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A constitutive modeling interpretation of the relationship between carotid artery stiffness, blood pressure and age in hypertensive subjects. / Spronck, B.; Heusinkveld, M.H.G.; Donders, W.P.; Lepper, de, A.G.W.; Roodt, Op 't, J.; Kroon, A.A.; Delhaas, T.; Reesink, K.D.

In: American Journal of Physiology : Heart and Circulatory Physiology, Vol. 308, No. 6, 2015, p. H568-H582.

Research output: Contribution to journalArticleAcademicpeer-review

TY - JOUR

T1 - A constitutive modeling interpretation of the relationship between carotid artery stiffness, blood pressure and age in hypertensive subjects

AU - Spronck, B.

AU - Heusinkveld, M.H.G.

AU - Donders, W.P.

AU - Lepper, de, A.G.W.

AU - Roodt, Op 't, J.

AU - Kroon, A.A.

AU - Delhaas, T.

AU - Reesink, K.D.

PY - 2015

Y1 - 2015

N2 - Aging has a profound influence on arterial wall structure and function. We have previously reported the relationship between pulse wave velocity, age, and blood pressure in hypertensive subjects. In the present study, we aimed for a quantitative interpretation of the observed changes in wall behavior with age using a constitutive modeling approach. We implemented a model of arterial wall biomechanics and fitted this to the group-averaged pressure-area (P-A) relationship of the "young" subgroup of our study population. Using this model as our take-off point, we assessed which parameters had to be changed to let the model describe the "old" subgroup's P-A relationship. We allowed elastin stiffness and collagen recruitment parameters to vary and adjusted residual stress parameters according to published age-related changes. We required wall stress to be homogeneously distributed over the arterial wall, and assumed wall stress normalization with age by keeping average "old" wall stress at the "young" level. Additionally, we required axial force to remain constant over the cardiac cycle. Our simulations showed a shift in pressure-load bearing from elastin to collagen, caused by a decrease in elastin stiffness and a considerable increase in collagen recruitment. Correspondingly, simulated diameter and wall thickness increased by about 20% and 17%, respectively. The latter compared well with a measured thickness increase of 21%. We conclude that the physiologically realistic changes in constitutive properties we found under physiological constraints with respect to wall stress could well explain the influence of aging in the stiffness-pressure-age pattern observed.

AB - Aging has a profound influence on arterial wall structure and function. We have previously reported the relationship between pulse wave velocity, age, and blood pressure in hypertensive subjects. In the present study, we aimed for a quantitative interpretation of the observed changes in wall behavior with age using a constitutive modeling approach. We implemented a model of arterial wall biomechanics and fitted this to the group-averaged pressure-area (P-A) relationship of the "young" subgroup of our study population. Using this model as our take-off point, we assessed which parameters had to be changed to let the model describe the "old" subgroup's P-A relationship. We allowed elastin stiffness and collagen recruitment parameters to vary and adjusted residual stress parameters according to published age-related changes. We required wall stress to be homogeneously distributed over the arterial wall, and assumed wall stress normalization with age by keeping average "old" wall stress at the "young" level. Additionally, we required axial force to remain constant over the cardiac cycle. Our simulations showed a shift in pressure-load bearing from elastin to collagen, caused by a decrease in elastin stiffness and a considerable increase in collagen recruitment. Correspondingly, simulated diameter and wall thickness increased by about 20% and 17%, respectively. The latter compared well with a measured thickness increase of 21%. We conclude that the physiologically realistic changes in constitutive properties we found under physiological constraints with respect to wall stress could well explain the influence of aging in the stiffness-pressure-age pattern observed.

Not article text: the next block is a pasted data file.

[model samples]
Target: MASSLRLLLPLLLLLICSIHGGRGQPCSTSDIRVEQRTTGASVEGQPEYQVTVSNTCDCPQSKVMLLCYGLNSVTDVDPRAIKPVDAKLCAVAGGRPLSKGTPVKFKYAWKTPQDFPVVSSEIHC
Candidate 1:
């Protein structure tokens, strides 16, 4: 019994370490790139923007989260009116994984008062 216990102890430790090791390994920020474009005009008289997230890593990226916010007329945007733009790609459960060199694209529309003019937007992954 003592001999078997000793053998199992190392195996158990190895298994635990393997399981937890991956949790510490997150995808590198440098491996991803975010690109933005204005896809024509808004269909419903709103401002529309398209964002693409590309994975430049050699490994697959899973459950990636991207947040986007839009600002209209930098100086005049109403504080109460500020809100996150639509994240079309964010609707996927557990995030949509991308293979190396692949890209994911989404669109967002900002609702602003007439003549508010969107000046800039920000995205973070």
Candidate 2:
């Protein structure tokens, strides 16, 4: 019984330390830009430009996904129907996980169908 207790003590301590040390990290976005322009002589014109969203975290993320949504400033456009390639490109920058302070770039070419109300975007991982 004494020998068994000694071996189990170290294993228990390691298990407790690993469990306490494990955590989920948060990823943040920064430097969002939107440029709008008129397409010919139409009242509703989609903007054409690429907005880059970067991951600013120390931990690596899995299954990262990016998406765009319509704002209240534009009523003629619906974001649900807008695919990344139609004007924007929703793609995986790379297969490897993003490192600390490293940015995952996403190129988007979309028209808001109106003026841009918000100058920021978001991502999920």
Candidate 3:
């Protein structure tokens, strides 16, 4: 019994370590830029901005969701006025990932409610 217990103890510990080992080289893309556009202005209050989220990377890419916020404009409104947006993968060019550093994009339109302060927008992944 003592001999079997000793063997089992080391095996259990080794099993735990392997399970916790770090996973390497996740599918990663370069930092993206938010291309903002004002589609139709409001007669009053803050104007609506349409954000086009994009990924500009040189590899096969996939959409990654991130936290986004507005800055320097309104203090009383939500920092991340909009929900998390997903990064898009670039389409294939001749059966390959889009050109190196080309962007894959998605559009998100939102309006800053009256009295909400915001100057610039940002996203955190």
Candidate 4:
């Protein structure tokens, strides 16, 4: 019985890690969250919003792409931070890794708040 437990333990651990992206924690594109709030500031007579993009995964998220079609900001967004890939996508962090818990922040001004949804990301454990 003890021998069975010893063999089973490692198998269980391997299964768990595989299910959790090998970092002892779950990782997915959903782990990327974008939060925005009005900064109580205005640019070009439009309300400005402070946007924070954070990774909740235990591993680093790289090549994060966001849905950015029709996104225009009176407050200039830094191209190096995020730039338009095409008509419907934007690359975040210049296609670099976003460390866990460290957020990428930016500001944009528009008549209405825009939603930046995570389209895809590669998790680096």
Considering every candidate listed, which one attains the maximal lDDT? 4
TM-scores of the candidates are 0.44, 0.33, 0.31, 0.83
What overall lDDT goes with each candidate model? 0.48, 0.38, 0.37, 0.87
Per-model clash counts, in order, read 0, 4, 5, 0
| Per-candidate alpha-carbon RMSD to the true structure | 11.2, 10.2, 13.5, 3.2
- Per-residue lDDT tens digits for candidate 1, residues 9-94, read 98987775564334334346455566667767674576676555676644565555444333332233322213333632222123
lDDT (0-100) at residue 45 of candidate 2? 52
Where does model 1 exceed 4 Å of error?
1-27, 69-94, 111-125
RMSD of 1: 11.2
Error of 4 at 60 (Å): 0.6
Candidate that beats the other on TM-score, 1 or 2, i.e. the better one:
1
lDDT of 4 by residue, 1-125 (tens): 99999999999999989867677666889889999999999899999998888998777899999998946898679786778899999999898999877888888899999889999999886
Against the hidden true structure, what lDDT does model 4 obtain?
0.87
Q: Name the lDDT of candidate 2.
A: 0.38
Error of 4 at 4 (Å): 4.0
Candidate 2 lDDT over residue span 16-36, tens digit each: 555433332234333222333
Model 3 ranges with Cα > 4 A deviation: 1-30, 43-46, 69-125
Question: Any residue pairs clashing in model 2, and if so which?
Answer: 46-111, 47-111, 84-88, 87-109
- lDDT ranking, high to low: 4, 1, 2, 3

U2 - 10.1152/ajpheart.00290.2014

DO - 10.1152/ajpheart.00290.2014

M3 - Article

C2 - 25539709

VL - 308

SP - H568-H582

JO - American Journal of Physiology : Heart and Circulatory Physiology

JF - American Journal of Physiology : Heart and Circulatory Physiology

SN - 0363-6135

IS - 6

ER -